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  /  Latest News   /  NYPD Leveraged Clearview AI – a Controversial Facial Recognition Technology
facial recognition technology

NYPD Leveraged Clearview AI – a Controversial Facial Recognition Technology

Many people are against the use of the NYPD’s utilization of facial recognition technology on New Yorkers.

The Legal Aid Society has released records revealing insight into the NYPD’s utilization of a controversial facial technologyClearview AI. The Legal Aid Society unveiled reports available in a public records request, showing email exchanges from the NYPD and Clearview AI from late 2018 to mid-2020.

The NYPD has previously made light of its relationship with Clearview AI and its utilization of the organization’s innovation. However, the emails show that the connection between them was well developed, with an enormous number of cops conducting a high volume of searches with the application and utilizing them in real investigations. The NYPD has run more than 5,100 searches with Clearview AI.

The document showed different commands within the NYPD utilized Clearview AI on cases, notwithstanding an earlier case to the New York Post in actuality. Truth be told, an individual from the NYPD’s Identity Theft Squad indexed “success stories”. It stays obscure whether any of this data was unveiled to defense attorneys on the legal cases where Clearview AI was utilized.

Further, roughly 50 individuals from the NYPD had access or an account with Clearview AI during the time span the records cover. The positions of individuals utilizing or guiding others to utilize Clearview goes from police officer to deputy commissioner, including a record being made for Deputy Commissioner of Intelligence and Counter terrorism John Miller, at the evident solicitation of the Deputy Inspector of the FBI New York Joint Terrorism Task Force

A controversial facial recognition tool intended for policing has been discreetly implemented in the nation with practically no public oversight. As indicated by reporting and information evaluated by BuzzFeed News, more than 7,000 people from almost 2,000 public agencies across the country have utilized Clearview AI to look through a large number of Americans’ faces, searching for individuals, including Black Lives Matter dissenters, Capitol insurrectionists, petty criminals, and their own loved ones.

BuzzFeed News has built up a searchable table of 1,803 publicly-funded agencies whose workers are recorded in the information as having utilized or tried the controversial policing tool before February 2020. These incorporate neighborhood and state police, US Immigration and Customs Enforcement, the Air Force, state medical services associations, offices of state attorneys general, and even public schools.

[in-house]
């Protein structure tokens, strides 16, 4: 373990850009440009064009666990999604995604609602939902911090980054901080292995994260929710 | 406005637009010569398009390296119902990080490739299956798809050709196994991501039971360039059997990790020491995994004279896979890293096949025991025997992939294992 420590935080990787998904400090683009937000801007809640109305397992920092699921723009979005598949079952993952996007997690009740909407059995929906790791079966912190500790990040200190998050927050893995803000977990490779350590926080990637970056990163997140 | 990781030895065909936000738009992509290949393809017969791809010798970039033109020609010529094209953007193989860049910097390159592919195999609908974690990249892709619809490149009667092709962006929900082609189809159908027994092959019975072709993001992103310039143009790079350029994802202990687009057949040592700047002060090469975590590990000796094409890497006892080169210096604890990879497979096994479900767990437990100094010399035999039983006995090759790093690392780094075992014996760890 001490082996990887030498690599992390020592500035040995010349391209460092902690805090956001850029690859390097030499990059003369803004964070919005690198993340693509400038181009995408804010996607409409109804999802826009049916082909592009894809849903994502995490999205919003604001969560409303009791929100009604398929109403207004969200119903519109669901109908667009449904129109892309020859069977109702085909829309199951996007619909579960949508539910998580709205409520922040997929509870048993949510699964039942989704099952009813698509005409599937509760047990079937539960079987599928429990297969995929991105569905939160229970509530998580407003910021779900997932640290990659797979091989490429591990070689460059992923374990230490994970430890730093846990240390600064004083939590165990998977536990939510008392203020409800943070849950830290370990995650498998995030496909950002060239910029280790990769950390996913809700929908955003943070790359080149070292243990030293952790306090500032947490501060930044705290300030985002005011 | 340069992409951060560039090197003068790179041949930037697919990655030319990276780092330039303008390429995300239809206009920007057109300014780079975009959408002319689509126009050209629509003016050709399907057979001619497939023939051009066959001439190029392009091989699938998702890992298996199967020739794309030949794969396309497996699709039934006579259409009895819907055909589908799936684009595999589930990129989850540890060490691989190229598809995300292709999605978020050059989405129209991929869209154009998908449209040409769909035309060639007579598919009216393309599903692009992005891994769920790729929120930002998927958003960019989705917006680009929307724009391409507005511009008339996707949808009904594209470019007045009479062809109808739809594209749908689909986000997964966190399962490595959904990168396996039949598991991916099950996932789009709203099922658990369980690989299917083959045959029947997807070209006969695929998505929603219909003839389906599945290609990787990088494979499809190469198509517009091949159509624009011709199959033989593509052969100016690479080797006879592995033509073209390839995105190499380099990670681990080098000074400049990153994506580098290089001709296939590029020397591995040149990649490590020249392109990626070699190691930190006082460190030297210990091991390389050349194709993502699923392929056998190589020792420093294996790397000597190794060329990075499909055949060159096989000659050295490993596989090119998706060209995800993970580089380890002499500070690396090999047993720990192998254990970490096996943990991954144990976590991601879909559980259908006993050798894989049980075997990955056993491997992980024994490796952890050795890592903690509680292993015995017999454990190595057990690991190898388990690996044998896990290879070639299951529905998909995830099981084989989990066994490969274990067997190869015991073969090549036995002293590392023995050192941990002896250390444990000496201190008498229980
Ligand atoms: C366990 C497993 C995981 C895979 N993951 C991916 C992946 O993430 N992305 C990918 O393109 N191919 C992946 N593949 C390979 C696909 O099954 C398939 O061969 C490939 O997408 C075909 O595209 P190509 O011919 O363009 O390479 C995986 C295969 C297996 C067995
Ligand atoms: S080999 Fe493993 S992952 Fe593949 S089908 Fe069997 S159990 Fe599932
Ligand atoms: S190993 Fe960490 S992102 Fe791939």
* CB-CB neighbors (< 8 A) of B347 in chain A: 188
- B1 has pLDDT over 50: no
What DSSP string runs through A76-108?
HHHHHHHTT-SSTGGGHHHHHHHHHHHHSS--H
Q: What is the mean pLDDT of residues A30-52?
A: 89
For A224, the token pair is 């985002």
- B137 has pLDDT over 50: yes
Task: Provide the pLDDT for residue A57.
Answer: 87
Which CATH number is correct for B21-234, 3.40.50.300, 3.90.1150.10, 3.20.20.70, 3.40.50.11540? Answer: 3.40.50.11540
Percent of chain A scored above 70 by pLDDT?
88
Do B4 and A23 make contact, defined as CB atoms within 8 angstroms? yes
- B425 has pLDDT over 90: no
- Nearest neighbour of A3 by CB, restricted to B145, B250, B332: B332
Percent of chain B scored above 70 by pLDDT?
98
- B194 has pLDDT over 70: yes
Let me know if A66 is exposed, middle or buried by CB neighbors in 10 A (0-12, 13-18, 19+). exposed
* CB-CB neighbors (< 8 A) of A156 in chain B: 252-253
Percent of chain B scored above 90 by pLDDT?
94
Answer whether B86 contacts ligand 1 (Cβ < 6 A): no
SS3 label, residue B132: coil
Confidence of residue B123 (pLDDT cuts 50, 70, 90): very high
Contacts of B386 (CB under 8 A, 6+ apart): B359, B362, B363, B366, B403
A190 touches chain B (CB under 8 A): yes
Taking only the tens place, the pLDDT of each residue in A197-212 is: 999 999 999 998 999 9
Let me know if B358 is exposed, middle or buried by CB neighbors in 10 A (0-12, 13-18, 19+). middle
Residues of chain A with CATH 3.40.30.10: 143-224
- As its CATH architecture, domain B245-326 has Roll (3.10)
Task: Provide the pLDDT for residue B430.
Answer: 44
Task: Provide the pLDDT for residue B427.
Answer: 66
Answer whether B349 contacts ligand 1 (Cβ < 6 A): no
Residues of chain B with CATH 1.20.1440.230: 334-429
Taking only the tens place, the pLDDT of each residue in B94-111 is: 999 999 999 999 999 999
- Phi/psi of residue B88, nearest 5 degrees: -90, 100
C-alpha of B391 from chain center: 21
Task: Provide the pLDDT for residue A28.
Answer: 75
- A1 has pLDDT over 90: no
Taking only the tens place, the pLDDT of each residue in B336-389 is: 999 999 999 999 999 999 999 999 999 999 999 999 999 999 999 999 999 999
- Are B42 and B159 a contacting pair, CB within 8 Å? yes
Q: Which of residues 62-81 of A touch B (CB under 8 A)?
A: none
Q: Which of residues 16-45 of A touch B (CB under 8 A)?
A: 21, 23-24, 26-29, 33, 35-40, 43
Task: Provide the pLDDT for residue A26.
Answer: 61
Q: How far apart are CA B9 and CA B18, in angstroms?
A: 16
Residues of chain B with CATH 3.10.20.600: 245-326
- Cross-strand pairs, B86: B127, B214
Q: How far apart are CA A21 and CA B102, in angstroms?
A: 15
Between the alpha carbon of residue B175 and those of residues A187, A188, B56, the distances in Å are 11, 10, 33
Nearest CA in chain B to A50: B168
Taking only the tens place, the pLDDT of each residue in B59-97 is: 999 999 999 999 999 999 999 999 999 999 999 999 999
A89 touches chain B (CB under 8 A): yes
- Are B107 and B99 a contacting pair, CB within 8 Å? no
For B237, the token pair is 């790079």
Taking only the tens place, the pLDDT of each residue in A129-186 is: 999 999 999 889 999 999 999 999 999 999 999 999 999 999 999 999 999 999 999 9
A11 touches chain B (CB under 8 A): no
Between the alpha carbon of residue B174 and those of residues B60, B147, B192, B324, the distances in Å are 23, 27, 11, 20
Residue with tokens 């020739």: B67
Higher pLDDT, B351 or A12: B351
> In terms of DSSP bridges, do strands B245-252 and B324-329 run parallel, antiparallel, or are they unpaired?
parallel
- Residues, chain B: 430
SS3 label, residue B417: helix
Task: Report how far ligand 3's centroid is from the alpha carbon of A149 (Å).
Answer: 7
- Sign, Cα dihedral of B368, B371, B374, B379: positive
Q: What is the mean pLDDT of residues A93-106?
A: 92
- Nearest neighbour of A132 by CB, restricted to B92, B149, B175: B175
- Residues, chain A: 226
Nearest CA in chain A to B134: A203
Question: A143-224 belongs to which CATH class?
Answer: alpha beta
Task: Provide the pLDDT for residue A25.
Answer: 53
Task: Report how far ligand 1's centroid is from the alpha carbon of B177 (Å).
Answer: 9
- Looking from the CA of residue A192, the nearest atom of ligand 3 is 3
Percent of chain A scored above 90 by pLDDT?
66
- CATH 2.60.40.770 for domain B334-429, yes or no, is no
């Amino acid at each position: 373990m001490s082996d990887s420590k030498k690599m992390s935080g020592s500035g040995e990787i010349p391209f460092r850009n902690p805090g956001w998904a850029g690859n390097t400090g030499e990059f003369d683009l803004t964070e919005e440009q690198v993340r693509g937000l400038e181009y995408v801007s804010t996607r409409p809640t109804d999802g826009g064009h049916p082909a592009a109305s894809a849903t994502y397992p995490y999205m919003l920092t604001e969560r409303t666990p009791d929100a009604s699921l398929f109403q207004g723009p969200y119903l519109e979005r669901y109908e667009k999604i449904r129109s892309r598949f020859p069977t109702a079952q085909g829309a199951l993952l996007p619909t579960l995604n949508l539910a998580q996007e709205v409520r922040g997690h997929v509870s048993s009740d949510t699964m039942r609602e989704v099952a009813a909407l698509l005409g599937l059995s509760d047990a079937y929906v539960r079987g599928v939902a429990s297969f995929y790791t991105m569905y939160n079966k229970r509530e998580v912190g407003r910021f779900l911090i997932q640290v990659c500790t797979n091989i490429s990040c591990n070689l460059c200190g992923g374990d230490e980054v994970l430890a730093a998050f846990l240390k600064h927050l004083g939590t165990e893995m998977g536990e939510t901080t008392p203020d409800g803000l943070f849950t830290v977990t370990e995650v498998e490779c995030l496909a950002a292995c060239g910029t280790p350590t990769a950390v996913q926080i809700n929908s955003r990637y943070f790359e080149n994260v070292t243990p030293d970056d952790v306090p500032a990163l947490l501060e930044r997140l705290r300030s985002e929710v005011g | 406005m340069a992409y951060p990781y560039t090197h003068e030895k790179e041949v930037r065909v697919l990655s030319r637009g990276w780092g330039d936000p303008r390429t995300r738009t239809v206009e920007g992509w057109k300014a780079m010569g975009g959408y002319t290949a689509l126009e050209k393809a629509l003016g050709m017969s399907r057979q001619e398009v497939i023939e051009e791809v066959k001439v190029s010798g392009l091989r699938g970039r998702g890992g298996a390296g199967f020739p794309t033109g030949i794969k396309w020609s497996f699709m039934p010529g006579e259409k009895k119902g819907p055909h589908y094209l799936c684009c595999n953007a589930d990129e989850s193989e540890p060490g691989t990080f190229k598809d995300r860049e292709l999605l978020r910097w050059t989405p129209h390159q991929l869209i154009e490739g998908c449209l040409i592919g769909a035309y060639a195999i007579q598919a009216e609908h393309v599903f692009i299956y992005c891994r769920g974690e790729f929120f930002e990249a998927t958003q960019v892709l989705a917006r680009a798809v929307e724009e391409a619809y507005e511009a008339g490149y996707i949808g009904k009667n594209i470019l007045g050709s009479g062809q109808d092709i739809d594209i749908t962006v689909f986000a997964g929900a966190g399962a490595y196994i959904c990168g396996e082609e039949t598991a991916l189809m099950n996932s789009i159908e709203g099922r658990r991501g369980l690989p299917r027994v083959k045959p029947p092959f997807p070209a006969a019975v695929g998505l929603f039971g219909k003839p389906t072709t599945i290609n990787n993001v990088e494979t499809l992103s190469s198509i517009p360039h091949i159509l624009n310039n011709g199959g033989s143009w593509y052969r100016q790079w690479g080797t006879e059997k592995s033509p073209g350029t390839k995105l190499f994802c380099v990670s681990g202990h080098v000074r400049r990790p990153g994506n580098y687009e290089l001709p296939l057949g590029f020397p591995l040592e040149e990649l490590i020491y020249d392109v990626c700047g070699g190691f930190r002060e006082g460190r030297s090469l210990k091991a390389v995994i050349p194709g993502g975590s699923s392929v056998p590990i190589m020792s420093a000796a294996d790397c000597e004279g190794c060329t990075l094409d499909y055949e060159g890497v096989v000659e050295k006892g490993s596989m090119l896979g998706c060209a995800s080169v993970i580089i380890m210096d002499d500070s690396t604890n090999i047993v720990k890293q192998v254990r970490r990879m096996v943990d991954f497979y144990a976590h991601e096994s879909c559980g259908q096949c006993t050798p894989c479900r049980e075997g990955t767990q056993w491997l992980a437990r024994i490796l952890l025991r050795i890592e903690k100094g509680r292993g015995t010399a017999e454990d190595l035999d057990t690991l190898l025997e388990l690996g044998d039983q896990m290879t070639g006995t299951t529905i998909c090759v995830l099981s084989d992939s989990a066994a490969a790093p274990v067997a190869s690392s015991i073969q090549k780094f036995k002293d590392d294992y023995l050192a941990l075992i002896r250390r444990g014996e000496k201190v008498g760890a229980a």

The NYPD revealed to BuzzFeed News and the New York Post already that it had “no institutional relationship” with Clearview AI, “officially or informally.” The office unveiled that it had tested Clearview AI, yet the emails show that the technology was utilized throughout a sustained time span by countless individuals who finished a high volume of searches in real legal cases.

Earlier in 2019, a report from Georgetown Law’s Center on Privacy and Technology (CPT) revealed widespread abuse of the New York Police Department’s facial recognition system, including image alteration and the utilization of non-suspect pictures. In one case, officials uploaded an image of the entertainer Woody Harrelson, in view of a witness description of a suspect who resembled Harrelson. The search created a match, and the matched suspect was subsequently arrested for petty larceny.

Jonathan McCoy, of the Legal Aid Society, says it’s problematic that the service of Clearview AI was engaged. “It’s our belief that facial recognition technology right now is too unreliable, to serve as a basis for either generating investigative leads by the police, or use any judicial proceeding,” said McCoy.

The issue has left numerous advocacy groups approaching lawmakers to boycott the public authority’s utilization of facial recognition technology on New Yorkers.